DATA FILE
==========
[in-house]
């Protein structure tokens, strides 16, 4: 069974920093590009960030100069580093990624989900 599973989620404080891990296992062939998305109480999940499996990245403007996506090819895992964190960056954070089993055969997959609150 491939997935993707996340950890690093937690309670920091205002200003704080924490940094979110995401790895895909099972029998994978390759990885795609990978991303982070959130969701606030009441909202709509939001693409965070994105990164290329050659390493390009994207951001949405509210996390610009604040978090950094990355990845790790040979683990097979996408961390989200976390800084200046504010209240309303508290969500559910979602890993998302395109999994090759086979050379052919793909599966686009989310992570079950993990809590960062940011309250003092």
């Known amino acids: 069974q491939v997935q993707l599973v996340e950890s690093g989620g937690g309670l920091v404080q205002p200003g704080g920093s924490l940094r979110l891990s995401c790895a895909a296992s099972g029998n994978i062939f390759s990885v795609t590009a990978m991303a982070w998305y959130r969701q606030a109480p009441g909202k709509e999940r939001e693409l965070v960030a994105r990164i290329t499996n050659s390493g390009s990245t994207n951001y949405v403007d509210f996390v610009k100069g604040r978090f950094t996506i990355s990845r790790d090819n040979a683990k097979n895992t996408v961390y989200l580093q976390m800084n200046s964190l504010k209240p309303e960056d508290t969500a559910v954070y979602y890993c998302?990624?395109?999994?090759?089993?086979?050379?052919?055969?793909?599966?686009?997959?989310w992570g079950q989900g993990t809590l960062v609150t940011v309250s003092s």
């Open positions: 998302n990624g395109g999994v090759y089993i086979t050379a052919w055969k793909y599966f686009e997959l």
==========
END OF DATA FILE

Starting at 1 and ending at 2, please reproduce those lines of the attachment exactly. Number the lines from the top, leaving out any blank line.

[in-house]
């Protein structure tokens, strides 16, 4: 069974920093590009960030100069580093990624989900 599973989620404080891990296992062939998305109480999940499996990245403007996506090819895992964190960056954070089993055969997959609150 491939997935993707996340950890690093937690309670920091205002200003704080924490940094979110995401790895895909099972029998994978390759990885795609990978991303982070959130969701606030009441909202709509939001693409965070994105990164290329050659390493390009994207951001949405509210996390610009604040978090950094990355990845790790040979683990097979996408961390989200976390800084200046504010209240309303508290969500559910979602890993998302395109999994090759086979050379052919793909599966686009989310992570079950993990809590960062940011309250003092």